Self-Sustaining Lifestyle

There are many aspects of “the olden days” we feel a certain nostalgia for– a better connection with nature, strong communities, independence, and close families. These aspects can all be implemented today with one unifying goal: self-sustenance.

I spent many years on the side of a mountain in Alaska at the end of a dirt road. Having always lived in towns and cities, my family decided to make the most of our new home. My father taught us which berries were edible and how to hunt and fish. My mother taught us how to garden. Every fall she would have me and my sisters pick the ripe raspberries from the garden and the wild berries on the mountain so she could make jams, jellies and juices.

My first real job was on a vegetable farm. Aside from the camaraderie, the greatest benefit of working on that farm was all the free produce. After we were done with work for the day our boss would let us go into the fields and pick as much broccoli, cabbage, lettuce, beets, swiss-chard, potatoes and carrots as we could carry. My mother would then blanch, freeze, or can everything we brought home. In other words, my mother encouraged me and my sisters to work with the land to fill the pantry and freezers.

My father took us hunting and each year we eagerly awaited moose season. After a moose (or bear) was shot we harvested all of the meat. None of it went to waste. We would pack it out and spend two days processing all of it for the freezer and pantry shelves. Fishing was the same.

By the time I was 14 I knew how to ethically hunt, efficiently harvest large game, filet and process salmon, smoke meat, identify and harvest wild berries, search for other wild edibles (fiddle heads, rose hips, fireweed blossoms, etc.), and assist with the canning.

Why is all this important?

My husband and I want to become as self-sufficient as possible. While this may seem like a large goal, in reality, the steps to getting there are quite simple. Why should one shop at Meijer for produce when Morlock’s farm stand is open? Why buy milk from the store when your friends have a cow or goats? Why buy meat from Walmart when the local butcher shop buys from the farmers in the county and does everything in house? Spend the spring planting a garden and tend to it all summer to relish in its’ bounty in the fall. It is a lot easier to do a one-stop-shop at Walmart for meat, milk, eggs, produce, etc. but it is much more rewarding to not.

Some of this may not seem like it’s self-sufficient because you’re not doing everything yourself. However, that’s where the aforementioned highlights of the olden days come into play. When staying within your local community you will build relationships with the butcher, become friends with the old lady whose goat milk you buy, and look forward to the weekly visits from people who buy your chickens’ eggs. You are building community with the people surrounding you. Real relationships. By planting a garden you’re connecting with the earth in a very real way. By asking the old lady at church to teach you how to can jellies you are spreading joy of passing on valuable and hard-earned knowledge. And all of these things can be done with your children and passed on to them. Harvest season will become a family affair. Hunting season will be the highlight of the year when your oldest son gets his first deer and his siblings help him dress it and bring it home where we all take part in putting it up.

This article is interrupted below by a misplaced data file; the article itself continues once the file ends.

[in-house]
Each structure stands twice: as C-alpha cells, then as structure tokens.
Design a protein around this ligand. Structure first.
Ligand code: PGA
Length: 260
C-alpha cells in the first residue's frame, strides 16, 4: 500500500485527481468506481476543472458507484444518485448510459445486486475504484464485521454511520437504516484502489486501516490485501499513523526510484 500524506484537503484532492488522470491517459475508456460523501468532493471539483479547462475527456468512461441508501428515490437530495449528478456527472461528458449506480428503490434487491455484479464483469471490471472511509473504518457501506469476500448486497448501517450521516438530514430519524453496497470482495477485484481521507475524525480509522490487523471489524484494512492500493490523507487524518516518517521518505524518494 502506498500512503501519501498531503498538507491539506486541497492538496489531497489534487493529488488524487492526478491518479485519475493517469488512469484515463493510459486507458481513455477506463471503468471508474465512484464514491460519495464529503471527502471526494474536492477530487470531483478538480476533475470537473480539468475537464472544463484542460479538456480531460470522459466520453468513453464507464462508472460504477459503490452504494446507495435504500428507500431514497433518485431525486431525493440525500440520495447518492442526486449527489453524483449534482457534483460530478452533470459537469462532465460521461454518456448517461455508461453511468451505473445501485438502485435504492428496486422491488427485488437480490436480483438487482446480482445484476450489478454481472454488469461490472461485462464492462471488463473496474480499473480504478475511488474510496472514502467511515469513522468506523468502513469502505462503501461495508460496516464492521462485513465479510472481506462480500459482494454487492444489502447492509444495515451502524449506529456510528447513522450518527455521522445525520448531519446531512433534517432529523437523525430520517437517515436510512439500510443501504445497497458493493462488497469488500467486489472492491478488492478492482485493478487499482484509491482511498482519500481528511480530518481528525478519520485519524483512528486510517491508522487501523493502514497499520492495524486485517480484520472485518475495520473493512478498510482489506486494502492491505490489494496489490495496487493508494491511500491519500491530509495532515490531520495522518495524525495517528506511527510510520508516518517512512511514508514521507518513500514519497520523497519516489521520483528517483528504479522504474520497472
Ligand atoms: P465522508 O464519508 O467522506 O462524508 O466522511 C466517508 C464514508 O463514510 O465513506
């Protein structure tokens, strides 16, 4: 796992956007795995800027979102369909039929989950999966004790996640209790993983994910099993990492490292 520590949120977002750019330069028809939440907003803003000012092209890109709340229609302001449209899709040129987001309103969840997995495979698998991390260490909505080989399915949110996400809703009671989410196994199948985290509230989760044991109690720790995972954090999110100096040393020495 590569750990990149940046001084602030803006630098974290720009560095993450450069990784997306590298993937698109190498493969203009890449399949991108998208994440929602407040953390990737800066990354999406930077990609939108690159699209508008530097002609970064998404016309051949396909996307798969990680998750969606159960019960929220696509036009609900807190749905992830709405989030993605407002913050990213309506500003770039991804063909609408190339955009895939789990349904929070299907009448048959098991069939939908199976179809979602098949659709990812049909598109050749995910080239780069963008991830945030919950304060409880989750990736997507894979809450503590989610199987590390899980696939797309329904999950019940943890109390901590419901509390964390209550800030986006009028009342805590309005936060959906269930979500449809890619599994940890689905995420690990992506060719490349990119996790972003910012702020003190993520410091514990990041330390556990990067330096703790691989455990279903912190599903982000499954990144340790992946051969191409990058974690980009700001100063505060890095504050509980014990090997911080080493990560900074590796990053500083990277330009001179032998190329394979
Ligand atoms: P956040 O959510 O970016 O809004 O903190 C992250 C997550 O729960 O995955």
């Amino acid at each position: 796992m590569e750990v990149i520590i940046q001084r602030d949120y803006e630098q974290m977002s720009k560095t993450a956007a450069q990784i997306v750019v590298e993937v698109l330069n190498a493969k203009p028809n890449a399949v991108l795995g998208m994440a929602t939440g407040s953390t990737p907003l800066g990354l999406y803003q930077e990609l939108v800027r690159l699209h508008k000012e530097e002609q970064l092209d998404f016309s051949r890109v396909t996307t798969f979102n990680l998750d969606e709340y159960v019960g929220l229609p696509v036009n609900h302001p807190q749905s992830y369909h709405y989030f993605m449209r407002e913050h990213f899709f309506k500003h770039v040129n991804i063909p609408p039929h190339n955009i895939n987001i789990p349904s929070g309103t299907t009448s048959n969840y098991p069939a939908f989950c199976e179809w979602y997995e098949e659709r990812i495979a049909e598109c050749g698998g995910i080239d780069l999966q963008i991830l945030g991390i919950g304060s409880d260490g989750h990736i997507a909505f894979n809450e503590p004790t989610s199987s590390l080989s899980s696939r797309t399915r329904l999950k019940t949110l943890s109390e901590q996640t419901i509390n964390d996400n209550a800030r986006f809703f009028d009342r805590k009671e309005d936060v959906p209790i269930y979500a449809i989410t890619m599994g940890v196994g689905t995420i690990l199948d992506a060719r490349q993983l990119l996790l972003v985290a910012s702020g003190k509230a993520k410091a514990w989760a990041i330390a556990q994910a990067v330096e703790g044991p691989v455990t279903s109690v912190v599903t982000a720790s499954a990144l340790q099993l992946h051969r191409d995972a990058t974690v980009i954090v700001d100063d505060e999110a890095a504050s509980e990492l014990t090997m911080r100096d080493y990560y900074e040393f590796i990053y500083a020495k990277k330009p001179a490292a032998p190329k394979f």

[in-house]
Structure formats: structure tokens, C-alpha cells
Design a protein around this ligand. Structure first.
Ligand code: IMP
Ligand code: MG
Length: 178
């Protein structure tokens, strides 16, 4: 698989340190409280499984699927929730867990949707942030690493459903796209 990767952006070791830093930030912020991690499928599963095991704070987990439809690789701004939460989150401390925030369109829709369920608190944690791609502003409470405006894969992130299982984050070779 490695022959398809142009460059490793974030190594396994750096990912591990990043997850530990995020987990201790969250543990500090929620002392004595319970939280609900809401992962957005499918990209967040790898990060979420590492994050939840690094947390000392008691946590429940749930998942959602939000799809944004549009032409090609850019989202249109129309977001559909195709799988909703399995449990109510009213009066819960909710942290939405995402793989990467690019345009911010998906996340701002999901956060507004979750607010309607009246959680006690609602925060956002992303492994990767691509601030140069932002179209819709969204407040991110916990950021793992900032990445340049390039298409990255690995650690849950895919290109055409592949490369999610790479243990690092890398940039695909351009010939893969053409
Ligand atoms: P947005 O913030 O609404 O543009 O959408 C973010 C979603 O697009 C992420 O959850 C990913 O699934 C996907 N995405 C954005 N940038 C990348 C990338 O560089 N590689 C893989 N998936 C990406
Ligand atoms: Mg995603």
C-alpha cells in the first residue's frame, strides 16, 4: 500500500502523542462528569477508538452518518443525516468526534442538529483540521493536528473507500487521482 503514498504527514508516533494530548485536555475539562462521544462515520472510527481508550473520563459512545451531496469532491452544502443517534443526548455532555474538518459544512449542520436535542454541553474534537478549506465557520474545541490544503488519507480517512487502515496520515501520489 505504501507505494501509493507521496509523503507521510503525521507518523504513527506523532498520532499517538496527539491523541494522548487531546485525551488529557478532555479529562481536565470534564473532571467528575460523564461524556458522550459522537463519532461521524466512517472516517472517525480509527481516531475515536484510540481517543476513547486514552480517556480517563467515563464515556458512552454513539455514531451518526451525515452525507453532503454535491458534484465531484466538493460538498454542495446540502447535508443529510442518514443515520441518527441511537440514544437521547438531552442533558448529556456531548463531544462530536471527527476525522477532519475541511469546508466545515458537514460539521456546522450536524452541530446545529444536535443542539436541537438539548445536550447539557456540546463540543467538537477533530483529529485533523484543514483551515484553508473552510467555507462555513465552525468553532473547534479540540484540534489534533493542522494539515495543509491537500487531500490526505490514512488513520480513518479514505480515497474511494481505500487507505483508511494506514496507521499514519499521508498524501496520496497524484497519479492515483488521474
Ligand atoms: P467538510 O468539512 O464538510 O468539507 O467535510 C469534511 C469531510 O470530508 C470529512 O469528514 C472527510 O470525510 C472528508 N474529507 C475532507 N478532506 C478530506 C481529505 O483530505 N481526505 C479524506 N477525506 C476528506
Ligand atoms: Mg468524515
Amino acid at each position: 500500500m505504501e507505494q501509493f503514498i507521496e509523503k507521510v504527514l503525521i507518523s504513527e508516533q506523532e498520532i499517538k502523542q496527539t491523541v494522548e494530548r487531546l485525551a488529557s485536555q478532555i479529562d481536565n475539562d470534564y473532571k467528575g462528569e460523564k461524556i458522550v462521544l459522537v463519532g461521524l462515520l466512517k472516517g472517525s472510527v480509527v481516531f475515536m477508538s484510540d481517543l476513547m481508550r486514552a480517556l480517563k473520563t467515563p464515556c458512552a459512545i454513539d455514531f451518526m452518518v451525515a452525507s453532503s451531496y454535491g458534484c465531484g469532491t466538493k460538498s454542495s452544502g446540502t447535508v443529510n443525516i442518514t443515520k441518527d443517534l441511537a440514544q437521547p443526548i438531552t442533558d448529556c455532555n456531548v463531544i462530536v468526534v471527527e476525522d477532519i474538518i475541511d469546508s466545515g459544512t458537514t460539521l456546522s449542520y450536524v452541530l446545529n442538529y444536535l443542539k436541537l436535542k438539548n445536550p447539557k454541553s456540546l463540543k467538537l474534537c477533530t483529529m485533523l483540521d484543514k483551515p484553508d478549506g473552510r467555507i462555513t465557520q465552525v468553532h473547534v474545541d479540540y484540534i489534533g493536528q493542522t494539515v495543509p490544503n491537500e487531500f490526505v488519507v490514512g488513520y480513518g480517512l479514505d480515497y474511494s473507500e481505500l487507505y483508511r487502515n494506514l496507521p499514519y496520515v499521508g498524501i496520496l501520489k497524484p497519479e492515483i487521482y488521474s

By becoming self-sufficient within the local community you’re becoming independent of supply-chain crises, building up positive relationships with those whom you live with, learning to work together as a family, and discovering how to work in union with God’s first book.

One thought on “Self-Sustaining Lifestyle

  1. I think you reveal an interesting paradox when you point out how being more self-sufficient actually helps you better recognize your dependence on others around you. While becoming independent from supply-chain crises, you are in better place to recognize your dependence on nature and your local community. It seems there is actually a greater humility required to choose to be as self-sufficient as possible because you are depending on the gifts of God’s first book–hoping that nature will take its course in your favor to give sun and rain to your garden, that the deer will cross your path when you are out hunting, that the chickens will have a normal cycle of fertility to consistently lay eggs for you, etc.

    It is easy to get complacent and entitled when you get everything neatly laid out for you in the store, usually with multiple options and brands for each item. When you choose to get things as locally as you can, it seems you can better live in that state of gratitude because you know and recognize the real things–soil, animals, persons–from which the good you enjoy have come.

    On the other side, maybe this is also a challenge for us to be more humbled and grateful when we cannot be as self-sufficient as we would like, and we are dependent on the natural resources and hard work of people from other places that we can’t know and recognize. The gift has come a greater distance, but it is still a gift of God’s first book. It’s just harder to recognize it as a gift when we have not cooperated with nature to see it come into being.

    Thanks for writing about this! It brings back some of our conversations about “soilty” and helps me better see that even our best self-sufficiency is really a greater dependence on God.

    Like

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